The biggest question I get from people back in Florida is “how’s the language? Are you fluent yet?”. It didn’t take me long to realize how hard Slovak was, it just took me a long time to accept that my Slovak would never be perfect and by the end of these 10 months I still probably won’t know most of the grammar, won’t be able to have long complicated conversations. Part of this may be due to the fact that almost everyone around me speaks English, I go to a bilingual English school, I live in the capital city. BUT I’ve seen an exponential increase in my Slovak when I moved into my new family because they don’t know English. This is the push I’ve needed- to be forced to speak Slovak in order to communicate. I was so embarrassed at first because my pronunciation isn’t the best but now, I realize that’s stupid. They are the most amazing people being patient with me, I learn so much every day with them constantly correcting me. Now I can have a conversation with my host mom on the phone with no problem. And at this point I’ve accepted that any accomplishment, no matter how small, is a win with Slovak. The other day I was able to have a conversation with the barista at a café, and a lady on the street asked me for directions and I was able to respond in my broken sentences and horrible grammar. So, when I get that question “are you fluent yet?” I can confidently say I am trying my hardest and am almost conversational.

So far since I’ve moved in with my new family a lot has happened. I had another rotary orientation weekend for all the inbounds in Slovakia, this time in Poprad. We spent all day hiking in the mountains, on literal ice, so we all took multiple falls. It was really nice to be able to hang out with all of the exchange students again, we all got very close over that weekend. I also sled for the first time ever with a fellow Floridian and that was the most fun I’ve had in long time, lots of crashing. My host family took me snowboarding for the first time, only for a few hours, but it was so fun. They said I did really good for my first time and I’m looking forward to being able try again. It also snowed for the second time in Bratislava (it’s been a warm winter for Slovakia)!!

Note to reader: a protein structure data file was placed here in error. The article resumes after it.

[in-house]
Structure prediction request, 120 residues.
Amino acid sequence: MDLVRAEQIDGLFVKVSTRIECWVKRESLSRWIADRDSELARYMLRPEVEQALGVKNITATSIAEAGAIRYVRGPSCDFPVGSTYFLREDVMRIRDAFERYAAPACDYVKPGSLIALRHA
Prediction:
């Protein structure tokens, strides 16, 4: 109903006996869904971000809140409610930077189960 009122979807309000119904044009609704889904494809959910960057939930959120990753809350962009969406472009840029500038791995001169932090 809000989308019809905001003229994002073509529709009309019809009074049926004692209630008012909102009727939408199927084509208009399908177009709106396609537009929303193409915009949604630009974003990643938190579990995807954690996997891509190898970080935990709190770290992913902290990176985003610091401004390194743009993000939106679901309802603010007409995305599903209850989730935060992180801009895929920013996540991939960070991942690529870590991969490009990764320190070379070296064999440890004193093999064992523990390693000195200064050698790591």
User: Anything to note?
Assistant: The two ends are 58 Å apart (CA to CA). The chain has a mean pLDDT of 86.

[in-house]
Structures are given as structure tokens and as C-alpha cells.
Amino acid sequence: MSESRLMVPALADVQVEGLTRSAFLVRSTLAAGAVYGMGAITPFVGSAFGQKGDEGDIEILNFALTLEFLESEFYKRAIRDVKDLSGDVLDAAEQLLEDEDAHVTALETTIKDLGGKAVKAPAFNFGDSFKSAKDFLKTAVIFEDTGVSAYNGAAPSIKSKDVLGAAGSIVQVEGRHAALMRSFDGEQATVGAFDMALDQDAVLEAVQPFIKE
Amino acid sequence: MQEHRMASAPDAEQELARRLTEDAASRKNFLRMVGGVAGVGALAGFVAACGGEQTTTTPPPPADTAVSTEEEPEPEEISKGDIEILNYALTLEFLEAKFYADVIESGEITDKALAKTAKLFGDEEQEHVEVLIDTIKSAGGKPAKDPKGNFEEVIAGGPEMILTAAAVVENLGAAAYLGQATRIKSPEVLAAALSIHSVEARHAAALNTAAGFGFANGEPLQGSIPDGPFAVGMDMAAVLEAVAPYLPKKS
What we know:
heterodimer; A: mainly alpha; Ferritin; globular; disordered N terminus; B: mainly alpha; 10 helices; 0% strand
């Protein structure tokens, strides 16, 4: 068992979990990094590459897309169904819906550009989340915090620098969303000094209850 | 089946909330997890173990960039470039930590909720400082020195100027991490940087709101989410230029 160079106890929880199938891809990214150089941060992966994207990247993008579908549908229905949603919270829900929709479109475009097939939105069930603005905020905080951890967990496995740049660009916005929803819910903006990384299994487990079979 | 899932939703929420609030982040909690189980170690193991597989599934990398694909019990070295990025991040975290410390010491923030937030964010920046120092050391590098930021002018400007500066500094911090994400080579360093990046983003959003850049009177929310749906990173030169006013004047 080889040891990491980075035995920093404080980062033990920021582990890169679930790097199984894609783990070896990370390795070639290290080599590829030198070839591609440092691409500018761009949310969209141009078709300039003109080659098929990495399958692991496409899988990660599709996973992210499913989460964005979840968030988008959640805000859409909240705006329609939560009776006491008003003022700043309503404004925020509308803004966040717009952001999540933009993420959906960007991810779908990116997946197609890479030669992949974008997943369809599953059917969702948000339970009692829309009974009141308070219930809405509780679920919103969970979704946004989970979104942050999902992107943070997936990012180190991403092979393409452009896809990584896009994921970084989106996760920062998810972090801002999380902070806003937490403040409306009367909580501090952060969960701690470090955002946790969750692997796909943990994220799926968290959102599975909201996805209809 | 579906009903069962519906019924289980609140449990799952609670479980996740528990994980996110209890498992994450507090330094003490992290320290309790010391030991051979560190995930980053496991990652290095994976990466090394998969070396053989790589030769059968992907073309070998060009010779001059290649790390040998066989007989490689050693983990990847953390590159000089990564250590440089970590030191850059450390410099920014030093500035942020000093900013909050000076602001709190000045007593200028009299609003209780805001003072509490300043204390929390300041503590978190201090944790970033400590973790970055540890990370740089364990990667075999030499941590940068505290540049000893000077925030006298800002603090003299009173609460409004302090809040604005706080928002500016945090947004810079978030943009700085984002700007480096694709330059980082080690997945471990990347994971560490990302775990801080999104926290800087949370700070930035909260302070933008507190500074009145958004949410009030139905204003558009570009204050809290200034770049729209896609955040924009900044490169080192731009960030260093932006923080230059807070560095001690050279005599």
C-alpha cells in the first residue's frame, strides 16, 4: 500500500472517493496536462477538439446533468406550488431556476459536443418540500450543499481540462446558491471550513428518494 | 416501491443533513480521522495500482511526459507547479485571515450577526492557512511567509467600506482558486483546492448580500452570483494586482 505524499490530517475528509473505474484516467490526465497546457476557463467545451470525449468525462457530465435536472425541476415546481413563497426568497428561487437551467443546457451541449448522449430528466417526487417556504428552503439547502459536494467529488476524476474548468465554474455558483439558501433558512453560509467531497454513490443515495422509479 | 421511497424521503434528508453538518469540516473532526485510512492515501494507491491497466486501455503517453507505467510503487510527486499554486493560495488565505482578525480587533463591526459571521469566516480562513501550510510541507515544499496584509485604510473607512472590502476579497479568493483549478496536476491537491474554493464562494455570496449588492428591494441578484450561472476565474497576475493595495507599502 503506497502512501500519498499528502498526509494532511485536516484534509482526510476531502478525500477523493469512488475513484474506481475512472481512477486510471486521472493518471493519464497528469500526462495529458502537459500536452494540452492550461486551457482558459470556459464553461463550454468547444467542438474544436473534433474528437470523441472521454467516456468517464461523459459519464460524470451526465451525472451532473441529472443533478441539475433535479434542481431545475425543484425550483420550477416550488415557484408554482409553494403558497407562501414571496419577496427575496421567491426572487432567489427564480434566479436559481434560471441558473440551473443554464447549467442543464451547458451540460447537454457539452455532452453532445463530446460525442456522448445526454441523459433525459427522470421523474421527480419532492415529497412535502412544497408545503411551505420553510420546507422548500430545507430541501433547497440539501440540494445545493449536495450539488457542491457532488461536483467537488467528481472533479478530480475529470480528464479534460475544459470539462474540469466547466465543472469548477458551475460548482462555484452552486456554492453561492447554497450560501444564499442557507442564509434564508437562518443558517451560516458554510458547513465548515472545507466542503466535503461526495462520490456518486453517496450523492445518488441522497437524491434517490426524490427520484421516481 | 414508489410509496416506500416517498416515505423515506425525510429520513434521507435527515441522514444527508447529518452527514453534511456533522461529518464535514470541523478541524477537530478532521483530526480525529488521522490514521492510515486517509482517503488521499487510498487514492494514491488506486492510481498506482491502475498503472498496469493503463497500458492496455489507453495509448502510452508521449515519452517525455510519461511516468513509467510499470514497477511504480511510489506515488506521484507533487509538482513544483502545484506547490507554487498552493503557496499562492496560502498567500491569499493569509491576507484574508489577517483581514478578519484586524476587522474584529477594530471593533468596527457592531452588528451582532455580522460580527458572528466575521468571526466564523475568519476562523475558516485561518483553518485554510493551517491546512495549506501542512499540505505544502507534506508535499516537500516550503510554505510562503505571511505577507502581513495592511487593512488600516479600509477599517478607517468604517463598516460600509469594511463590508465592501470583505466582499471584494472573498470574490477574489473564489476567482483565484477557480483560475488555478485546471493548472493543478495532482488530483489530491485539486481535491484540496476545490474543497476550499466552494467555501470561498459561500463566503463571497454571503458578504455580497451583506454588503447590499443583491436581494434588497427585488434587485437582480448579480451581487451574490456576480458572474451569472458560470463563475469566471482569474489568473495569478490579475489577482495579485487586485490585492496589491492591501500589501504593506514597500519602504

Then another exchange student from Australia arrived in Bratislava and it’s been exciting getting to know her. She’s in my class at school and I love being able to learn about Australian culture and it’s funny how different their English is than ours. It’s also crazy to see that I was in her situation 5 months ago, I’ve learned so much and hopefully can help her out some. I love how since I’ve been on exchange, I’ve not only learned a lot about Slovak culture but also Brazilian, Canadian, Australian and Colombian cultures. RYE is really an amazing way to connect the world.

And last but not least, February:

The sun finally came out!!!! I was ESTATIC when the weather slowly switched from being constantly foggy and cloudy to the sun occasionally shining (at least 3-4 times a week now). This month Riko, the Australian, has taught me how to make sushi, and if you know me you know how much I love sushi. I’ve visited 4 more castles with my host family, walked to Austria (don’t worry it was only like 4 km), went to another hockey game, and done a lot more exploring of the city. My goal now is to find the perfect café. Bratislava has the infamous UFO tower on the “new bridge” that overlooks the whole city and after 6 months of crossing the bridge every day I finally went up, and that view was amazing.

Then I had my spring holiday, and that was an amazing week. I visited Schönbrunn Palace in Vienna, then spent two days in Prague with my close friends. We had such a great time exploring the city all day, it was so weird to hear so many people speaking English, it’s almost all tourists in the center. It was pretty cool that we could go to a café there and speak Slovak to the barista and they would respond in Czech and there wasn’t much of a problem understanding each other. I was not ready for the holiday to end I was having such a good time, but now I’m back in school, back to my normal schedule. The next thing I have to look forward to is a Ski Week organized by rotary in March!

Okay, as we would say here ďakujem vám za pozornosť (thank you for your attention)! I’m sorry if I bored you but I’m glad I can share. Thank you to everyone for continuing to support me through my exchange, especially all the Rotary members who have had my back since the beginning. I’m looking forward to my next couple months in Slovakia and I can’t wait to see what the future has in hold for me 🙂